After serving their country, many veterans come home to the war within. On average, 22 veterans, active-duty service members and National Guard members and reservists die by suicide daily, according to a news release.

That jarring number inspired Kyle Butters, a veteran from Pasadena, to create the 22 Miles to Break Boundaries running event to honor soldiers who have been lost to suicide, as well as to support mental health and suicide prevention programs for active-duty members and veterans.

Butters, along with five other people, will run a total of 44 miles. The three-day event starts Friday, with the first lap at 4 p.m., and there’s a community celebration on Saturday. Liberty Military Housing will host and sponsor the celebration at Annapolis High School with games, music and food trucks, according to a news release. There will be a 2.2-mile Hero Run, starting and ending at Annapolis High School, in which participants of all ages can run, walk or bike to raise awareness. Participants around the country can participate virtually. The event takes place during Post-Traumatic Stress Disorder Awareness Month.

“After my time in the Army and experiencing mental health challenges of my own, and losing my own soldiers to suicide, I really wanted to find a way to do something to raise the awareness, but also to build a community,” Butters said.

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Butters started the event several years ago, when he had the idea to do a running challenge. A friend asked him what the purpose was of running so long. After finding his Infinite Hero coin, Butters decided to run 22 miles to honor those veterans who lose their lives to suicide.

He served nine years in the Army and was a platoon leader. He runs two days to honor soldiers from his platoon that died by suicide while deployed in multiple countries in support of the global war on terror, Butters said.

Butters partnered with Infinite Hero Foundation to bring this event to life. The foundation connects military, veterans and service family members with treatment programs for service-related injuries and suicide prevention, according to its website.

“More than 30,000 veterans of the post-9/11 conflicts have died by suicide, deaths that could have been prevented with adequate mental health support,” Butters said in a statement. “I run knowing that with each step, the money raised will go to support the brain health and suicide prevention programs that are at the heart of the Infinite Hero Foundation’s mission.”

One of the biggest challenges that veterans face when they leave the military is a lack of community, Butters said.

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“You have built-in brothers and sisters. You have built-in best friends. You have a common mission. You have something that all of you are working towards collectively, and then all of a sudden, you leave that and it’s very hard to replace,” Butters said. “It’s very hard to find that in the civilian world, even among friends. It’s not quite the same as what you experience when you’re in the service.”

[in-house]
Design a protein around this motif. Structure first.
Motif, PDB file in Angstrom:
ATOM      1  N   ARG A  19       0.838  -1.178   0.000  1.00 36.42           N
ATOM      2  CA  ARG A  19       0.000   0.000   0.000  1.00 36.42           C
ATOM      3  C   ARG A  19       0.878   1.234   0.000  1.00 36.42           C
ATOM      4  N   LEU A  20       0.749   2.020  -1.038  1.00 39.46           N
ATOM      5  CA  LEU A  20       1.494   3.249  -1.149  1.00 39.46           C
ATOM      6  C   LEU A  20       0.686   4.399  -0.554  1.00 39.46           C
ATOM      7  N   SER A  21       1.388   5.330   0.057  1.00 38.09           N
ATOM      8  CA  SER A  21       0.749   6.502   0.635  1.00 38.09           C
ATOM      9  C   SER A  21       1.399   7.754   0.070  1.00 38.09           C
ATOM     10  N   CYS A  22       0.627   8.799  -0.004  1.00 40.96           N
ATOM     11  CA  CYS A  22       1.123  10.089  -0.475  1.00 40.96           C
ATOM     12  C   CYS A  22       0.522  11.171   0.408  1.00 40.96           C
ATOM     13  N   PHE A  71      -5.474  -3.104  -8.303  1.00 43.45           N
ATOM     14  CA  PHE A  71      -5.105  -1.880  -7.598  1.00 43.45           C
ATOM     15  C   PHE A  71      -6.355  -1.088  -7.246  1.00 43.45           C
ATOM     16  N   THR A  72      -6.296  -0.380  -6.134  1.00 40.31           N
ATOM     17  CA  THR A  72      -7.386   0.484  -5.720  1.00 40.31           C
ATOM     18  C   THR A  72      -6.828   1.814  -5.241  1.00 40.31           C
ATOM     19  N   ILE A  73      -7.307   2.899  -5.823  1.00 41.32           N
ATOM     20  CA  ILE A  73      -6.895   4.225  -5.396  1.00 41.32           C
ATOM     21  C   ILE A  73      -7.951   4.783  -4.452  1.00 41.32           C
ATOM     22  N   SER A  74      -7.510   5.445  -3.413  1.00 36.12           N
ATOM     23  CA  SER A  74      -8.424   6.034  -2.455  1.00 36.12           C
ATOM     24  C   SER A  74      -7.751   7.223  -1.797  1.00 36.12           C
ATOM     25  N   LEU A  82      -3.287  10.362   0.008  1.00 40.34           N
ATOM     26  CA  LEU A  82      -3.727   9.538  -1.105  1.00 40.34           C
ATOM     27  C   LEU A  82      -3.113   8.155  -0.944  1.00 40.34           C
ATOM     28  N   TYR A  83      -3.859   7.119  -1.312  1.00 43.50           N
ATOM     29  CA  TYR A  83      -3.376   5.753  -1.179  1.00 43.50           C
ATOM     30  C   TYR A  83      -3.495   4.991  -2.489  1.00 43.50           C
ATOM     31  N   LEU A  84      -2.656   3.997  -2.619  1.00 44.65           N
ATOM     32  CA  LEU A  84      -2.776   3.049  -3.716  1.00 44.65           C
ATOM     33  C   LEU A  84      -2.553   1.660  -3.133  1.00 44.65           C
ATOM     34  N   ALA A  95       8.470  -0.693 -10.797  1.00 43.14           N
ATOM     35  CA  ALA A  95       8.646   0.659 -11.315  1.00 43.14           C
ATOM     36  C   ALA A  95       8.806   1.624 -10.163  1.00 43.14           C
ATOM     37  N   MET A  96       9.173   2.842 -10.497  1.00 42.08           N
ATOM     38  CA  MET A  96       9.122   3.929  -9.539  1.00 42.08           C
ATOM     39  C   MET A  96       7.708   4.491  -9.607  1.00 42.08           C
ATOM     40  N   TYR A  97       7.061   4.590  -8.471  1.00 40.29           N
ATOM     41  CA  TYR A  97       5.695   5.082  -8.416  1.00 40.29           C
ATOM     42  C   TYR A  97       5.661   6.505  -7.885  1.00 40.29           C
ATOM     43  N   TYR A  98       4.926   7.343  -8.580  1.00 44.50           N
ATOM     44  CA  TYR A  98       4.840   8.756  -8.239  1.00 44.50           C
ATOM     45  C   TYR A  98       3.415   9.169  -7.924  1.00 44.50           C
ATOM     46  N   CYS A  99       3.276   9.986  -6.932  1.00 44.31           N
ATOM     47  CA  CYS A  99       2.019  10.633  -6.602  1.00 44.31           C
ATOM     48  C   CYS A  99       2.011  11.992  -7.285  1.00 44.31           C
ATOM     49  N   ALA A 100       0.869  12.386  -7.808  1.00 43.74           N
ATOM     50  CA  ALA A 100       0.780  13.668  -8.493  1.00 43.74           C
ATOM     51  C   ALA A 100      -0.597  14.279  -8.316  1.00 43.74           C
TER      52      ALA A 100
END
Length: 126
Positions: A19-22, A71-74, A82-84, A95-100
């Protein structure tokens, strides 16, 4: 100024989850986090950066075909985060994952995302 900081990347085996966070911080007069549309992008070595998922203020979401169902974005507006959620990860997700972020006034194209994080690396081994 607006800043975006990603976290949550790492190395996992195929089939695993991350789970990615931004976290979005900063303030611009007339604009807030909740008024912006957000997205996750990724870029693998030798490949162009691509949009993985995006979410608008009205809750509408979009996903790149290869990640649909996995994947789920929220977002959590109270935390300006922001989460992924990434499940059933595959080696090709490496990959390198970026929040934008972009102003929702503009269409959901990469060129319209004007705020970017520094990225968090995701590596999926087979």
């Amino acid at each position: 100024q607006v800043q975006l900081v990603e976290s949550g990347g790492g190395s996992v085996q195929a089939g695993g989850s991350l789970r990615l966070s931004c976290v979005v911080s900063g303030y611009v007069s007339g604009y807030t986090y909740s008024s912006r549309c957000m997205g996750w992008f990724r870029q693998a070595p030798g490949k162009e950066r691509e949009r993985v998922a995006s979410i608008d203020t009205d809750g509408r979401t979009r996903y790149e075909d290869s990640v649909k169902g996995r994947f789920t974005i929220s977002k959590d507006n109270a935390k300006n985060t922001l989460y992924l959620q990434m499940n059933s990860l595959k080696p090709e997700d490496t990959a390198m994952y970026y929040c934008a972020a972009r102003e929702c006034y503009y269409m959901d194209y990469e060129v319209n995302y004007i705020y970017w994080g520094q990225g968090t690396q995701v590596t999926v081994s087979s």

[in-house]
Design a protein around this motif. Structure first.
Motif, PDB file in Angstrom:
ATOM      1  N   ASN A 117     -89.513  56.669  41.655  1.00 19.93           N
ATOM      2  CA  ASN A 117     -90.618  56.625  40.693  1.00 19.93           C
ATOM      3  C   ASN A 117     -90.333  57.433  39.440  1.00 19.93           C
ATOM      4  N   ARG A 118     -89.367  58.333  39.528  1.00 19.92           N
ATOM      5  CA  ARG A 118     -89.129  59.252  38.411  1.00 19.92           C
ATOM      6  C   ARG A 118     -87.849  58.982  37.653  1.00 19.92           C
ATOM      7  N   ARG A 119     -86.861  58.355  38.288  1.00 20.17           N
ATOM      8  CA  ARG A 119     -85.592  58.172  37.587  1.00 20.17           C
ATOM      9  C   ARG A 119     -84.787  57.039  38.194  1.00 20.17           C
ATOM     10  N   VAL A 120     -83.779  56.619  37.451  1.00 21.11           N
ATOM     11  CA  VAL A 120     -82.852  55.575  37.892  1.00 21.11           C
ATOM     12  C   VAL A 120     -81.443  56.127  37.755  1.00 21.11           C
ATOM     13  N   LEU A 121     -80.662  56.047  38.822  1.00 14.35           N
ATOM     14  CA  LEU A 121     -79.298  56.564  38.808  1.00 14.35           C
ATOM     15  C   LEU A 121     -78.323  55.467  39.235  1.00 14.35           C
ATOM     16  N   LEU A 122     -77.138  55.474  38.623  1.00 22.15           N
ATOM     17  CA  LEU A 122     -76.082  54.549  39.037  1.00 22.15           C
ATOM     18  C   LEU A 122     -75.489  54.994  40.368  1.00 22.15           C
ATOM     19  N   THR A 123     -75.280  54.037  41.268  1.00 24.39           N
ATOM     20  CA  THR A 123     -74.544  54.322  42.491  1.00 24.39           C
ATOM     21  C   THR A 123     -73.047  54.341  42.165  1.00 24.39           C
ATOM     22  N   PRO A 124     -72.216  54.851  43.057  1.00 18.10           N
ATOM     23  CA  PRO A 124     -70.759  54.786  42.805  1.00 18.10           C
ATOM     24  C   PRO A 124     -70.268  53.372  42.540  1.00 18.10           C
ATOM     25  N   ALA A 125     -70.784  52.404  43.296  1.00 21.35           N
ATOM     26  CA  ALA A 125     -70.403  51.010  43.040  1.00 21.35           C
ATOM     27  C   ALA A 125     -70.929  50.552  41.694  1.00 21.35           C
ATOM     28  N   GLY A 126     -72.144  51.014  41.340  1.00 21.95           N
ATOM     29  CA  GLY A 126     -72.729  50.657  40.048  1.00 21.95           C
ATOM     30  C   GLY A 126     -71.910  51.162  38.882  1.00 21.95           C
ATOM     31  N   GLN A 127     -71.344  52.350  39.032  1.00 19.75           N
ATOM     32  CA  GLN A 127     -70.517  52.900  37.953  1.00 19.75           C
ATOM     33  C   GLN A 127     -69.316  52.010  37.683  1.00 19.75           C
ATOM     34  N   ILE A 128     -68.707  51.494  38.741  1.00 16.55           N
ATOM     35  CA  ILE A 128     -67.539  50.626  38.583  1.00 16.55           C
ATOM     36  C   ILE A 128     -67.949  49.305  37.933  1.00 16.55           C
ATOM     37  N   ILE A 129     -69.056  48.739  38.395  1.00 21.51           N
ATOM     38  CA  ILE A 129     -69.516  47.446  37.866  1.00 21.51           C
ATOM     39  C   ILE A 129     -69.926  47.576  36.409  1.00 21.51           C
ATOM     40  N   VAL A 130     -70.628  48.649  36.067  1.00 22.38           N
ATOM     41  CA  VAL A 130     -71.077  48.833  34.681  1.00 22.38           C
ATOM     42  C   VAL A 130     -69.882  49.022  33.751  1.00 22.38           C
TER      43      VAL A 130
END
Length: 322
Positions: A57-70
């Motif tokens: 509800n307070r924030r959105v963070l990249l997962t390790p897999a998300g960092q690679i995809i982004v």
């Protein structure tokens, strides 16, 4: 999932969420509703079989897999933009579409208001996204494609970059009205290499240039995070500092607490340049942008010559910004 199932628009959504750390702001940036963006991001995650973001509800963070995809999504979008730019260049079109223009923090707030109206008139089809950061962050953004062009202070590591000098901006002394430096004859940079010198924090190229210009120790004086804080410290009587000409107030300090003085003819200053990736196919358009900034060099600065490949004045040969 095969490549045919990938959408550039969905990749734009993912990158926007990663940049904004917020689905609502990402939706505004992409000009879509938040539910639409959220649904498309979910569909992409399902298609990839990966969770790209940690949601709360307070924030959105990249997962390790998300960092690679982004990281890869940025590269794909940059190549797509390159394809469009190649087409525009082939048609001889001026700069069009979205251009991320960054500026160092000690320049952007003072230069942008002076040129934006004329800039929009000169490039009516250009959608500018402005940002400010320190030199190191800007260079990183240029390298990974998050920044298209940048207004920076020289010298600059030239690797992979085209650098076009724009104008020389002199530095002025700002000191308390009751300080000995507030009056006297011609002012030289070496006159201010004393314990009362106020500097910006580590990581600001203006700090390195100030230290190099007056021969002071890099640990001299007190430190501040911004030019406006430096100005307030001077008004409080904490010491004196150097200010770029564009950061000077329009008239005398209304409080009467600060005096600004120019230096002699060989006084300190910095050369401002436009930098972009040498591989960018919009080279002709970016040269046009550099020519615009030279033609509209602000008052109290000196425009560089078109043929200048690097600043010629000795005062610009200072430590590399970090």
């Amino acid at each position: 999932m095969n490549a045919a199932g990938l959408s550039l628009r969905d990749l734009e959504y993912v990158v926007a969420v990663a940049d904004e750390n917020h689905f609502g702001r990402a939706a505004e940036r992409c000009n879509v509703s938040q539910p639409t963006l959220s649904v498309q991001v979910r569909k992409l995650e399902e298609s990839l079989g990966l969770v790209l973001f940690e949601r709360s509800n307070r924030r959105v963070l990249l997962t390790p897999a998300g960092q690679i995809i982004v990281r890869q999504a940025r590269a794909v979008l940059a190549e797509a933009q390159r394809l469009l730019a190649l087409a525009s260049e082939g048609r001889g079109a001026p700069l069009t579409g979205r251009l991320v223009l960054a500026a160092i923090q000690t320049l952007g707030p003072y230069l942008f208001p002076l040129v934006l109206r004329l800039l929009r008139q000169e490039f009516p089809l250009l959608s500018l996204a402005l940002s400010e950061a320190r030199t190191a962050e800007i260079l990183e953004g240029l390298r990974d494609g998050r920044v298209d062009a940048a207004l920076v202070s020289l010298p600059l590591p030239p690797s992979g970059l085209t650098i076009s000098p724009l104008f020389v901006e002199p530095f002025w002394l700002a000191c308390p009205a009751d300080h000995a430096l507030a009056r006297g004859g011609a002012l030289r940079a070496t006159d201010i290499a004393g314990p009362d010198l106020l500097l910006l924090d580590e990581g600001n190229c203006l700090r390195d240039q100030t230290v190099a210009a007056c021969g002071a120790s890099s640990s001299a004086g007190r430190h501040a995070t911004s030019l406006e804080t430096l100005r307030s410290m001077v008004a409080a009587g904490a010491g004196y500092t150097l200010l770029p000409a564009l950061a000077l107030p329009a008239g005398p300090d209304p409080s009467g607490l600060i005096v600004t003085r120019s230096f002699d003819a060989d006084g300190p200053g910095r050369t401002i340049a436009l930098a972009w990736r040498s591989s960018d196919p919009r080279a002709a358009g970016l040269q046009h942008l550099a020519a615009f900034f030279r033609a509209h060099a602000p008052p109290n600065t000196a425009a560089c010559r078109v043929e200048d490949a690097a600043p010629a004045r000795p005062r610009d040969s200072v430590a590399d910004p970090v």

The event isn’t only to raise awareness about PTSD and mental health, but to show veterans are still strong when they leave the military.

“[There’s] the image of the veteran that comes out with physical injuries, mental health issues, PTSD, whatever it is, and then they’re just kind of this broken person,” Butters said. “And I’m fighting back against that and showing that no, even once you get out of service, you can still get back to your community. You can still be a leader, you can still physically perform, you can still push your limits.

Philip Rizzo, an Infinite Hero Foundation board member and CEO of Liberty Military Housing, served in the Army and he believes raising awareness is important, but that more should be done.

“The Infinite Hero Foundation shares Cpt. Butters’s passionate support for our nation’s military, and we aim to serve them with the resources that they need to live physically and mentally healthy lives, both during and after service,” Rizzo said in a statement. “Together, we strive to break boundaries and act as a catalyst for positive change for our nation’s heroes.”

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If you or someone you know is experiencing a mental health crisis, call or text 988 to contact the 988 Suicide and Crisis Lifeline.

Correction: This story has been updated to correctly state when the running begins.

Royale Bonds attended Southern Illinois University. Go Salukis! She previously worked as an affordable housing reporter in Greenville, South Carolina. Royale enjoys long naps, snacking and endless scrolling on social media. She looks forward to reporting on Anne Arundel County and covering the stories that matter.

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